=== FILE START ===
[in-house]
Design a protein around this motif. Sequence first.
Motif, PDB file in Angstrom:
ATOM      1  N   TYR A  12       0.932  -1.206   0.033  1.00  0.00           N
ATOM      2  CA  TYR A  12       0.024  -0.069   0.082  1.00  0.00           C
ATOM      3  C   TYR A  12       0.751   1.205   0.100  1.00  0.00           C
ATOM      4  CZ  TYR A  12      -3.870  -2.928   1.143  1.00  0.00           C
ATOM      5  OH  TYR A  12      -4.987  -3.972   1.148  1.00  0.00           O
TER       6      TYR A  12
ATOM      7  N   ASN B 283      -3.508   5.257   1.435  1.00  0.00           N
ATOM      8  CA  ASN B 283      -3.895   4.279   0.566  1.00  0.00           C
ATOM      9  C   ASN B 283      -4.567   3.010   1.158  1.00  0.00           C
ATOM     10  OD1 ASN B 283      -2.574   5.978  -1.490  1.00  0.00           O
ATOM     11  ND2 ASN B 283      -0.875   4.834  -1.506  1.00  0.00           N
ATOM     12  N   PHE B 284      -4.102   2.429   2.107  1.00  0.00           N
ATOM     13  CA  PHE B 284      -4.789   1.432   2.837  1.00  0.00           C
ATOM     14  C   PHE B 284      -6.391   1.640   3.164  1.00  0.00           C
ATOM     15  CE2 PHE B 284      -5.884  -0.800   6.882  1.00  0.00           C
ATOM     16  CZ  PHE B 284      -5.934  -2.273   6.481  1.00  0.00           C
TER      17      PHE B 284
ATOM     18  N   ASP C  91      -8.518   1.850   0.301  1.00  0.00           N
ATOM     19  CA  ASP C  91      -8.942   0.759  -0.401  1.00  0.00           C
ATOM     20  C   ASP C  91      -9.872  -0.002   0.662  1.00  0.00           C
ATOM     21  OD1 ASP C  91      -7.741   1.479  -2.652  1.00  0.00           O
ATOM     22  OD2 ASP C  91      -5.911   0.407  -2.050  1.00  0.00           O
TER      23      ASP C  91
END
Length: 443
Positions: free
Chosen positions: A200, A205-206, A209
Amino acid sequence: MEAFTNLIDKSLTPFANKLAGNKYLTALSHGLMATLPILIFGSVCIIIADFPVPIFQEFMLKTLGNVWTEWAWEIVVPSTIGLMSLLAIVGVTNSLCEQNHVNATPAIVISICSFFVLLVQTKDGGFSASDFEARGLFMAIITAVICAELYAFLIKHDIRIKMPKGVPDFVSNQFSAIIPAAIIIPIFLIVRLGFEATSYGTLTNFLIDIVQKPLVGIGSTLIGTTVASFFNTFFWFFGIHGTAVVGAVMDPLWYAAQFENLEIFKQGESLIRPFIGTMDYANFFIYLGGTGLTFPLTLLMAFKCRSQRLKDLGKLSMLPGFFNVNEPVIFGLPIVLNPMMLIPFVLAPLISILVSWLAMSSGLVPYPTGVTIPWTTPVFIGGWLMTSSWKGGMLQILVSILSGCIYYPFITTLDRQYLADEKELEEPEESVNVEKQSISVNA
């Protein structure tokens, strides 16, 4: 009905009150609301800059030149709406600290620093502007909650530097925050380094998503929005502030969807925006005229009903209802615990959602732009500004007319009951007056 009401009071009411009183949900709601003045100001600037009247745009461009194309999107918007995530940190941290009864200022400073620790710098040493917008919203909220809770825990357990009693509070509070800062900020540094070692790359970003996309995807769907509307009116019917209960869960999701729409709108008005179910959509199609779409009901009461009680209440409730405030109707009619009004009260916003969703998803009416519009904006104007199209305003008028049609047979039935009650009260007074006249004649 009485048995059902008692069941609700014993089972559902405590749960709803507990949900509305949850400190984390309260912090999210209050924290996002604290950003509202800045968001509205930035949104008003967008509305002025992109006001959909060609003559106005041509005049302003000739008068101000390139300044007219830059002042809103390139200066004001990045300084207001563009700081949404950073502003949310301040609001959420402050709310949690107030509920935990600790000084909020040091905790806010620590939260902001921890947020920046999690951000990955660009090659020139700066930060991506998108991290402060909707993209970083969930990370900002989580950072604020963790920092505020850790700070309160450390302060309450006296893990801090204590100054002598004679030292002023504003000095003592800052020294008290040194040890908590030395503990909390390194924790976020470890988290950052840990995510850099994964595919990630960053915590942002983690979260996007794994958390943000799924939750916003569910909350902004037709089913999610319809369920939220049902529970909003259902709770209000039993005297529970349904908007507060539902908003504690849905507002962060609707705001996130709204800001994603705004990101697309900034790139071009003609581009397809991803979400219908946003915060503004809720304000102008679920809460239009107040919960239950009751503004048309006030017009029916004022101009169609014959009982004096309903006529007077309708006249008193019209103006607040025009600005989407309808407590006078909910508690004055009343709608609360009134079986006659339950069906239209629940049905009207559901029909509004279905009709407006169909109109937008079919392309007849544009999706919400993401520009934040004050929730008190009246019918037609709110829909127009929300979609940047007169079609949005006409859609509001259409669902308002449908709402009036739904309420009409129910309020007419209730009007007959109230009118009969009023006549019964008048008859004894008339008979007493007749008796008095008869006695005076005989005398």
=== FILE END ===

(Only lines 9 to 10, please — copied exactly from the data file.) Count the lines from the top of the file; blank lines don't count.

TER       6      TYR A  12
ATOM      7  N   ASN B 283      -3.508   5.257   1.435  1.00  0.00           N